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Nick Train buys more Celtic on Brendan Rodgers dip

Citywire AA-rated Nick Train has used a dip in the price of Celtic following the exit of coach Brendan Rodgers to top up his position in the business.

Nick Train buys more Celtic on Brendan Rodgers dip

Citywire AA-rated Nick Train has used a dip in the share price of holding Celtic following the exit of coach Brendan Rodgers to top up his long standing position in the business.

Train lifted his exposure to the Scottish Premiership champions from 17.1% of shares to 18.4% worth £28.1 million at a price of 160p.

The move came after shares in the club slipped from a recent record of 166p, following last week's announcement that Rodgers would be heading south to serve at Leicester City FC.

In this three seasons at the club Rodgers, who has been replaced by former Celtic footballer and manager Neil Lennon, led Celtic to the league and cup double an unprecedented three times. They also became the first side to complete a top-flight season unbeaten since Rangers in 1899.

Train has held a significant slice of the east Glasgow club since 2011 following a long period in the doldrums through the prior decade.

Since early 2012 it has climbed 120%, to trade at the highest since the late 1990s.       

The stake is primarily held in his £5.8 billion Lindsell Train UK Equity fund. The fund, which also has stakes in Juventus and Manchester United, is largest holder of Celtic after billionaire club supremo Dermot Desmond. 

Speaking to Citywire last year, Train (pictured) noted that the strongest sporting clubs had an enormous amount of pricing power and an increasing range of revenue sources. 'Sports and entertainment assets remain in a bull market,' he said. 'That which attracts eyeballs to screens is going up in value.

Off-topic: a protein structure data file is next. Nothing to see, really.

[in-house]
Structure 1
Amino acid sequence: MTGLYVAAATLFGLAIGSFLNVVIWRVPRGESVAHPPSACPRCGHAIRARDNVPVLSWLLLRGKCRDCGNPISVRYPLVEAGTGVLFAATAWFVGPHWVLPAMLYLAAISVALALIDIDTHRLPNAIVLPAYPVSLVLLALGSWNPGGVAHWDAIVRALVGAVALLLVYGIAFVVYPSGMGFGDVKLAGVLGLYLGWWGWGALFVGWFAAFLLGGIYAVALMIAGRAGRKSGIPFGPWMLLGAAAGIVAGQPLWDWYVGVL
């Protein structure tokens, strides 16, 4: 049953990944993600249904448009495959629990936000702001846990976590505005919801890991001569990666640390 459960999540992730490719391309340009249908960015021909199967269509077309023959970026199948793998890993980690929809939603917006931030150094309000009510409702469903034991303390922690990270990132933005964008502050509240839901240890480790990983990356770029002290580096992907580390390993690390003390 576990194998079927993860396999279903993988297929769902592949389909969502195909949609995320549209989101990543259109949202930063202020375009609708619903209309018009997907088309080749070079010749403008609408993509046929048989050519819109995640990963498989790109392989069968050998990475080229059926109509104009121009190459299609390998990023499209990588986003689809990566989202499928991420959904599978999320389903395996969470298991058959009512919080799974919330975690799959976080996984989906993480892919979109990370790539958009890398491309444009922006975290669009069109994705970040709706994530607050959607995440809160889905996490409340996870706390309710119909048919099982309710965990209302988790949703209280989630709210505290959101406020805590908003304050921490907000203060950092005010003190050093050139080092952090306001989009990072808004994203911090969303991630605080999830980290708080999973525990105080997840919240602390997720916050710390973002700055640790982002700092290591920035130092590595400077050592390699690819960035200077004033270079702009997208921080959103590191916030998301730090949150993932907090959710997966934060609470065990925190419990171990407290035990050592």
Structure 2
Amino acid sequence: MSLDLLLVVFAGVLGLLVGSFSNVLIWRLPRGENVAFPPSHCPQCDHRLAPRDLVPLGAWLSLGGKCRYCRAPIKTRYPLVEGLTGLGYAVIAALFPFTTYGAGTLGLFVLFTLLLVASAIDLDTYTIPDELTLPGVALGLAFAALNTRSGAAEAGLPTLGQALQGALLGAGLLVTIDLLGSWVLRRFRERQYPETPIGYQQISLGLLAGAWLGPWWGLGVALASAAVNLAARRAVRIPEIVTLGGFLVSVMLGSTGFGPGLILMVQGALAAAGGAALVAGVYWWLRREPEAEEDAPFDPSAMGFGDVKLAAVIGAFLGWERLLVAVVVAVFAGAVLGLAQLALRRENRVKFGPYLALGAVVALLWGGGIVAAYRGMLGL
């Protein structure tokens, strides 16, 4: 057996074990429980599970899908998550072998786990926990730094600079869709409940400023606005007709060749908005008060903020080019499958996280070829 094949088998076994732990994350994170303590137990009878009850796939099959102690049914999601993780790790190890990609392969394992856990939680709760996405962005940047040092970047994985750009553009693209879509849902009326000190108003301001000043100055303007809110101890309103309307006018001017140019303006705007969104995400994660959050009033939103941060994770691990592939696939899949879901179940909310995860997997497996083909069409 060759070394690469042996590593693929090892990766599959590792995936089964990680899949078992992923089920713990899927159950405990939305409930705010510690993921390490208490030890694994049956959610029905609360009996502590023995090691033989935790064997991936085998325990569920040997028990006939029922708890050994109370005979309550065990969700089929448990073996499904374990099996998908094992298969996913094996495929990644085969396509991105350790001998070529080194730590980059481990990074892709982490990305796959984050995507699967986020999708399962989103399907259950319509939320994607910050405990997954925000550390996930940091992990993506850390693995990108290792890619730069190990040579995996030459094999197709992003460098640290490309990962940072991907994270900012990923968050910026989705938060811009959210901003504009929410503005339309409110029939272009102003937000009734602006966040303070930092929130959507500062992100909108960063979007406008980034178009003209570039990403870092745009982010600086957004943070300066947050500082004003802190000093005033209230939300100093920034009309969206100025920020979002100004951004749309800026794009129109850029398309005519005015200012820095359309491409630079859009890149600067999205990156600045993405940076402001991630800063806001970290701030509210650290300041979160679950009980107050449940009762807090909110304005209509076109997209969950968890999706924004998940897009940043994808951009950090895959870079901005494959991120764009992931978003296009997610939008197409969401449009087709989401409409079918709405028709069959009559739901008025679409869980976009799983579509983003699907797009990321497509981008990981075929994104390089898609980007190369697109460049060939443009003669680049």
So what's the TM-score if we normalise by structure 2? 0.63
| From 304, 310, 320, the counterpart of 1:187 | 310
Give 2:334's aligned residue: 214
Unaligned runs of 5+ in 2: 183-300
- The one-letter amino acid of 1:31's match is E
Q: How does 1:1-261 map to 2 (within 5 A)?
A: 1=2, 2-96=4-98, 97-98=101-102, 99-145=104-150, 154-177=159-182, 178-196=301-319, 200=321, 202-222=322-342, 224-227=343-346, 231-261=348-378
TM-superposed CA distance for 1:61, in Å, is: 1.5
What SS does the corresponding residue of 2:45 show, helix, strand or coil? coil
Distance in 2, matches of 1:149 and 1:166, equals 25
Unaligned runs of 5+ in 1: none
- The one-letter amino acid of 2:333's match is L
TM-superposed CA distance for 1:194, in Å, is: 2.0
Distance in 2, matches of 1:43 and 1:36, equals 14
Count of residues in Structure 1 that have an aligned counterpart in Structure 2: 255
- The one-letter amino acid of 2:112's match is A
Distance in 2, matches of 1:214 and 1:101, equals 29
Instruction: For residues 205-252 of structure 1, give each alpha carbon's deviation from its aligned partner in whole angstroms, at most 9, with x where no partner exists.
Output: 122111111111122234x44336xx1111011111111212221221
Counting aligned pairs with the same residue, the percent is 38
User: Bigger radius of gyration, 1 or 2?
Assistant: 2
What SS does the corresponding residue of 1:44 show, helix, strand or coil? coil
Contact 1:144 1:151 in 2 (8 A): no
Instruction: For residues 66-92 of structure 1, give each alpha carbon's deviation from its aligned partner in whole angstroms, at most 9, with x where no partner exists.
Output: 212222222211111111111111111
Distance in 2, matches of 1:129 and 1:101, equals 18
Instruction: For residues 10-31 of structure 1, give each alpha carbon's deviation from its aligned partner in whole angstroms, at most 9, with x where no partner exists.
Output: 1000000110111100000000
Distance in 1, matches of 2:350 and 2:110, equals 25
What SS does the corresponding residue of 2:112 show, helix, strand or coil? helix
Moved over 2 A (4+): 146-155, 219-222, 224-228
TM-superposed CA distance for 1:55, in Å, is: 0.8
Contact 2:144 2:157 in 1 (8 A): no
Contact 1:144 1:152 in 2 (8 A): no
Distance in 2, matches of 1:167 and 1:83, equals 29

‘Live sport is the most valuable of all entertainment content, with the ability to lure the biggest and most predictable audiences, and all three have benefited from the continued reappraisal of the value of such content in a landscape increasingly defined by fragmented digital distribution.’

Despite a mis-firing performance on the pitch, Manchester United's 2018 results illustrated his point with the club reporting revenue of £590 million for the year ending in June, an increase of 1.5% on 2017’s £581 million. The US-listed club expects revenue of between £615 million and £630 million in 2019.

Broadcasting revenues increased by £10 million to £204 million and the club signed seven sponsorship deals.

He said the breadth of Manchester United’s commercial nous was something he expected to see replicated at Juventus, which achieved a big boost to its global reputation following its signing of superstar Cristiano Ronaldo from Real Madrid

‘His star profile potentially strengthens Juventus’ overall business, in particular the commercial side of it,’ said Train.

He contrasted Manchester's commercial operations, which account for nearly half of its revenues, with those of Juventus, where they make up less than a third. ‘It is lower in both relative and absolute terms and conveys the unrealised commercial potential of Juventus.’

Over the last three years Train has returned 81.4% across his portfolios versus a peer average of 42%. 

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